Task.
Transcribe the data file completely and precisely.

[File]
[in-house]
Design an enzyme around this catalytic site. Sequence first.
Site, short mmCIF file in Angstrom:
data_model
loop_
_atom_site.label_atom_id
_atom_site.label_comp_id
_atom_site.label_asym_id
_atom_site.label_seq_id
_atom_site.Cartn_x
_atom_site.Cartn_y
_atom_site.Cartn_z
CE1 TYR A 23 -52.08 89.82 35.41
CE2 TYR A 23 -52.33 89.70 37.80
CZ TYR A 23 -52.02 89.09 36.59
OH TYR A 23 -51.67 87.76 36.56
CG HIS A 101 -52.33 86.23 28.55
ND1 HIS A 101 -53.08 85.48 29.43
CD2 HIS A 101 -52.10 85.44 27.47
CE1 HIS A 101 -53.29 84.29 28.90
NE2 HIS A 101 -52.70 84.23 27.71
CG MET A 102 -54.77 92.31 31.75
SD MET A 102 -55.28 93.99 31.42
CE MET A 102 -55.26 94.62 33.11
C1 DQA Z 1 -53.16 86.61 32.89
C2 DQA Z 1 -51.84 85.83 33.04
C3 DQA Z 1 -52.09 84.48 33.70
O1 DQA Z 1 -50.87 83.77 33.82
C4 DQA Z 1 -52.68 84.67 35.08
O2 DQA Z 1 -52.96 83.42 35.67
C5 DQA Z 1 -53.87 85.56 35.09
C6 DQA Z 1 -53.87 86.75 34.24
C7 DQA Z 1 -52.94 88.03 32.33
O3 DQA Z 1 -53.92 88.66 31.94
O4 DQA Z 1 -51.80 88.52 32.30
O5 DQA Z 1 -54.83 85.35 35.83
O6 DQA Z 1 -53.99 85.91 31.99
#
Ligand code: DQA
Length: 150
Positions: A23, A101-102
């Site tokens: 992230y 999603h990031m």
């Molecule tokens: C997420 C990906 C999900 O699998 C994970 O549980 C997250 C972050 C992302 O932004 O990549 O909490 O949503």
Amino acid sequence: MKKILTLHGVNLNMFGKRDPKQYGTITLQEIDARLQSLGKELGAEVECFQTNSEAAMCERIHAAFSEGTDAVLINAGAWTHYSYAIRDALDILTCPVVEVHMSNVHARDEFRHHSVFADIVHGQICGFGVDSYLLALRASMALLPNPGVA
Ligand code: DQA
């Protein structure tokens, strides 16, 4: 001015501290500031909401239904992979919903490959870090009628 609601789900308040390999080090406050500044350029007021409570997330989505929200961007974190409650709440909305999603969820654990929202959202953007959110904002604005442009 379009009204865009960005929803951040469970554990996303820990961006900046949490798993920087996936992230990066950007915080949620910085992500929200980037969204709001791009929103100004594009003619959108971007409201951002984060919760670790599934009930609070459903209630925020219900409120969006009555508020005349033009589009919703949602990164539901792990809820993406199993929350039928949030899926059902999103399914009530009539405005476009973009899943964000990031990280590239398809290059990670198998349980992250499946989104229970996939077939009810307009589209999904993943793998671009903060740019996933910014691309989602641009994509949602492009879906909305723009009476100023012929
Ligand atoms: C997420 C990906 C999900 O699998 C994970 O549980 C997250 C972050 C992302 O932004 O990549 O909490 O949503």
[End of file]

[in-house]
Design an enzyme around this catalytic site. Sequence first.
Site, short mmCIF file in Angstrom:
data_model
loop_
_atom_site.label_atom_id
_atom_site.label_comp_id
_atom_site.label_asym_id
_atom_site.label_seq_id
_atom_site.Cartn_x
_atom_site.Cartn_y
_atom_site.Cartn_z
CE1 TYR A 23 -52.08 89.82 35.41
CE2 TYR A 23 -52.33 89.70 37.80
CZ TYR A 23 -52.02 89.09 36.59
OH TYR A 23 -51.67 87.76 36.56
CG HIS A 101 -52.33 86.23 28.55
ND1 HIS A 101 -53.08 85.48 29.43
CD2 HIS A 101 -52.10 85.44 27.47
CE1 HIS A 101 -53.29 84.29 28.90
NE2 HIS A 101 -52.70 84.23 27.71
CG MET A 102 -54.77 92.31 31.75
SD MET A 102 -55.28 93.99 31.42
CE MET A 102 -55.26 94.62 33.11
C1 DQA Z 1 -53.16 86.61 32.89
C2 DQA Z 1 -51.84 85.83 33.04
C3 DQA Z 1 -52.09 84.48 33.70
O1 DQA Z 1 -50.87 83.77 33.82
C4 DQA Z 1 -52.68 84.67 35.08
O2 DQA Z 1 -52.96 83.42 35.67
C5 DQA Z 1 -53.87 85.56 35.09
C6 DQA Z 1 -53.87 86.75 34.24
C7 DQA Z 1 -52.94 88.03 32.33
O3 DQA Z 1 -53.92 88.66 31.94
O4 DQA Z 1 -51.80 88.52 32.30
O5 DQA Z 1 -54.83 85.35 35.83
O6 DQA Z 1 -53.99 85.91 31.99
#
Ligand code: DQA
Length: 150
Positions: A23, A101-102
């Site tokens: 992230y 999603h990031m």
């Molecule tokens: C997420 C990906 C999900 O699998 C994970 O549980 C997250 C972050 C992302 O932004 O990549 O909490 O949503």
Amino acid sequence: MKKILTLHGVNLNMFGKRDPKQYGTITLQEIDARLQSLGKELGAEVECFQTNSEAAMCERIHAAFSEGTDAVLINAGAWTHYSYAIRDALDILTCPVVEVHMSNVHARDEFRHHSVFADIVHGQICGFGVDSYLLALRASMALLPNPGVA
Ligand code: DQA
């Protein structure tokens, strides 16, 4: 001015501290500031909401239904992979919903490959870090009628 609601789900308040390999080090406050500044350029007021409570997330989505929200961007974190409650709440909305999603969820654990929202959202953007959110904002604005442009 379009009204865009960005929803951040469970554990996303820990961006900046949490798993920087996936992230990066950007915080949620910085992500929200980037969204709001791009929103100004594009003619959108971007409201951002984060919760670790599934009930609070459903209630925020219900409120969006009555508020005349033009589009919703949602990164539901792990809820993406199993929350039928949030899926059902999103399914009530009539405005476009973009899943964000990031990280590239398809290059990670198998349980992250499946989104229970996939077939009810307009589209999904993943793998671009903060740019996933910014691309989602641009994509949602492009879906909305723009009476100023012929
Ligand atoms: C997420 C990906 C999900 O699998 C994970 O549980 C997250 C972050 C992302 O932004 O990549 O909490 O949503």